Time to take my own advice I guess. I just hate when that happens. I recently posted about our family portraits for the church directory, and I said all kinds of high falutin' stuff about growing and maturing and moving on; and how it's good and right and natural to do that; about not holding on to the past, etc. What was I thinking?
Yesterday morning, we took our oldest daughter to the airport in St. Louis. From there she was flying to Newark, NJ, and from there to Frankfurt, Germany where she will spend the next year. Obviously, she was quite excited.
Of course, Dad was much less so; Mom was the same. Little sister had the world's mopiest look and even her brothers weren't that thrilled. But here's the thing...
When I was her age, I was newly married and moving to Texas for seminary. I had already spent 3 months in North Dakota serving on a Sioux Reservation, a place I would take my wife and brand new baby just a couple years later. We stayed there for three years.
Now, granted, Texas and North Dakota are both within driving distance from where I grew up; only a couple days. Germany is nearly 5,000 miles away, across an ocean, etc. But still, we've arrived at that time of life when letting go is a natural part of the growing process.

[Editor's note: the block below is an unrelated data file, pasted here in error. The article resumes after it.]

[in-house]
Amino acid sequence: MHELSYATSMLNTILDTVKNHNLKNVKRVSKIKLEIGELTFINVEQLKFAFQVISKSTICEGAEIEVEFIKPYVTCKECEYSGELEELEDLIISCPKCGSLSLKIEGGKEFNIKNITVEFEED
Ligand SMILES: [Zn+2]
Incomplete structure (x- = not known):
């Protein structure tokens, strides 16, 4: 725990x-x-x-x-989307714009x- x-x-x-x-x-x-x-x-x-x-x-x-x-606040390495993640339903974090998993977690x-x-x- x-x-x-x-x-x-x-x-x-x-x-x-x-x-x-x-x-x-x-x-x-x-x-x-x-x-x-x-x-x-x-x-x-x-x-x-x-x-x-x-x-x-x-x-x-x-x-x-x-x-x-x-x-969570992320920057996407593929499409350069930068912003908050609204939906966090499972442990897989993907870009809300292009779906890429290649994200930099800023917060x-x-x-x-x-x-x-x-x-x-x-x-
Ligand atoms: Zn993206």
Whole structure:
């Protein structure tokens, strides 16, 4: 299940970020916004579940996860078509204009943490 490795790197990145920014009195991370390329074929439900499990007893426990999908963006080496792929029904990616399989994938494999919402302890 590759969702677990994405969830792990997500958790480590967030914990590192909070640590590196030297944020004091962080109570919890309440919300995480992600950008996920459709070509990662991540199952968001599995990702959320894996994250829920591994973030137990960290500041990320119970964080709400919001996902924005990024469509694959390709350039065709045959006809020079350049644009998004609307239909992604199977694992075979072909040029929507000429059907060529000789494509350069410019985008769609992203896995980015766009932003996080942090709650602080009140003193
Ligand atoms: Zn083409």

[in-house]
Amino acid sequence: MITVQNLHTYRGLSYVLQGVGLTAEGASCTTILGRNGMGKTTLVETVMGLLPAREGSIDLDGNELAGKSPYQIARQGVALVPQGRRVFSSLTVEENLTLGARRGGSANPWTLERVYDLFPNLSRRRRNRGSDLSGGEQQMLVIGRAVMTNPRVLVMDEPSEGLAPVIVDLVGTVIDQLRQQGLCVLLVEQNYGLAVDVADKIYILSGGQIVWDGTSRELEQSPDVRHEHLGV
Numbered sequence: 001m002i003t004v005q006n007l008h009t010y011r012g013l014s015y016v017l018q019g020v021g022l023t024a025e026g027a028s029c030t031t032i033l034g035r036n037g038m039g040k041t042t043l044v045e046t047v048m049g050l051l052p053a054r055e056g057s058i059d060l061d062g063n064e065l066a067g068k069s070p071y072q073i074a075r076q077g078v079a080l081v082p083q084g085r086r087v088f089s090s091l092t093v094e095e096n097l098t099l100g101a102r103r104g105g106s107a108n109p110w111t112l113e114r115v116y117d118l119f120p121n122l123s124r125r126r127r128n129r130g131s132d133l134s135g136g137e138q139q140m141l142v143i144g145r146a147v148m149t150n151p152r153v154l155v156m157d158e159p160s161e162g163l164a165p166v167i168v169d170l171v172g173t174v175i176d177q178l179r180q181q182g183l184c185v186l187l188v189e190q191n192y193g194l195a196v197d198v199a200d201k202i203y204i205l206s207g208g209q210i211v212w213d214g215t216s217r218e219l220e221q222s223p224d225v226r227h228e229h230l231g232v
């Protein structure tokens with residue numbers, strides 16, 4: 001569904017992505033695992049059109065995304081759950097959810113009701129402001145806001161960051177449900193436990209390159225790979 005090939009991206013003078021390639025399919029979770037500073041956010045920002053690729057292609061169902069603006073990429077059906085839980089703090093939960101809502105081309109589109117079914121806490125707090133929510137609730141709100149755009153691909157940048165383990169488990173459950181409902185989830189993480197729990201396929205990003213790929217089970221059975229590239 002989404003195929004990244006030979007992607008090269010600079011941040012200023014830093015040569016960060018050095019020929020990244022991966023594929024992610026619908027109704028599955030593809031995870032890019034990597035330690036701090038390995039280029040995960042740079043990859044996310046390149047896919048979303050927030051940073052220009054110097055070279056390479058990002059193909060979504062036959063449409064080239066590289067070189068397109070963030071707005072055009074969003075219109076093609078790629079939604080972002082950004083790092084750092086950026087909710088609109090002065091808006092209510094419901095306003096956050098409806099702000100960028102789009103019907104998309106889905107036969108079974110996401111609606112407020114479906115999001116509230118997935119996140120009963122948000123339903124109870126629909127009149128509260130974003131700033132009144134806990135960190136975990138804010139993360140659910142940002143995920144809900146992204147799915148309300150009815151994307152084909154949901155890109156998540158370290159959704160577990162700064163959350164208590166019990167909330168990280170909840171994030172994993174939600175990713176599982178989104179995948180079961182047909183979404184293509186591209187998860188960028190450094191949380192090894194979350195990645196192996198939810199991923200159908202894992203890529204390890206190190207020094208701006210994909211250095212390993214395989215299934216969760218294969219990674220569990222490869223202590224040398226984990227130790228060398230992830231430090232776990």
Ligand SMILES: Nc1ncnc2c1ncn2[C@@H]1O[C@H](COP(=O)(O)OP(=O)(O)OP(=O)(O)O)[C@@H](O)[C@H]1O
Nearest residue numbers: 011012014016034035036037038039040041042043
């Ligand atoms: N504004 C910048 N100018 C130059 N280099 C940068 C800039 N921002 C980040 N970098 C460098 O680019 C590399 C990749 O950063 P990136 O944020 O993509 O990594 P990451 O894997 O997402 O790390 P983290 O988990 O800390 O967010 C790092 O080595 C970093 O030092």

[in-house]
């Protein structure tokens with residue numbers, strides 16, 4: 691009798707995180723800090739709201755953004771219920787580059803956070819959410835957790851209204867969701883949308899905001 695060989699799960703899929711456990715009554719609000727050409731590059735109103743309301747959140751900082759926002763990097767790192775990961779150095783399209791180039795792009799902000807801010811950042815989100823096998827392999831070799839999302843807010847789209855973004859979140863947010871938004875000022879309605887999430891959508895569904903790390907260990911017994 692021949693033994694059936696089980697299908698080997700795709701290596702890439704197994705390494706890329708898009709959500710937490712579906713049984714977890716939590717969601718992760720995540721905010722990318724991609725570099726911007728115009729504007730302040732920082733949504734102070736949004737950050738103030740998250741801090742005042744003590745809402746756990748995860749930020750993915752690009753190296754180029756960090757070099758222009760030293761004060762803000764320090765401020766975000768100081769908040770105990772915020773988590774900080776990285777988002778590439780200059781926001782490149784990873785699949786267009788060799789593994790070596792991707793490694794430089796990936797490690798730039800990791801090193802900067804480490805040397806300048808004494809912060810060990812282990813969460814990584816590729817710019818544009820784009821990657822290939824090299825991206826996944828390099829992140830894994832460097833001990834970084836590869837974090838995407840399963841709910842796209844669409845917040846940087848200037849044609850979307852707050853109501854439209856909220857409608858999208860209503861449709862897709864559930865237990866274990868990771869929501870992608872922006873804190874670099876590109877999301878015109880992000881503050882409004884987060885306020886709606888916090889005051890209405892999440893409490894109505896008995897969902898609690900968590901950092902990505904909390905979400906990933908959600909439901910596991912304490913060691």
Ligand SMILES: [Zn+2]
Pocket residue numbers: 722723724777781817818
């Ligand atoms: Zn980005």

And at least she is going to Germany for a "fun" thing, to serve as an aupair for a very nice German family, with their two adorable little children. I spent some time visiting on Sunday with a young lady in our church who served in the military for 8 years, and was deployed in Iraq for over a year. I can only imagine what her parents went through!
Still, this was the last thing I saw of my baby, and the last I will see for over a year.
I confess I teared up a bit walking away. Only ticketed passengers past the security check these days, so we had to just let her go, let her wander off to find her gate and then sit and wait almost two hours for her flight (it was delayed, of course). Tough for a parent to do. I know the goodbye is really only "see ya later." She does plan to come back in a year "or so" and work on her master's degree, and a few other plans. But it's time to let go. And it's a good thing.
So instead of remembering that last picture, and the sadness it provokes, maybe I'll try to focus on that other picture above. Remember how excited she is about this new experience. Focus on how this is going to be a wonderful growing experience for her and for me and for our family. And then, focus on thanking God for the 22 years (minus four at college of course) that we had with her nearby, and trusting that God has plans for her which He has been moving toward since the beginning. She's in His hands, where she's always been. And that's exactly where she needs to be.
Ich Leibe Dich, Sonnenschein!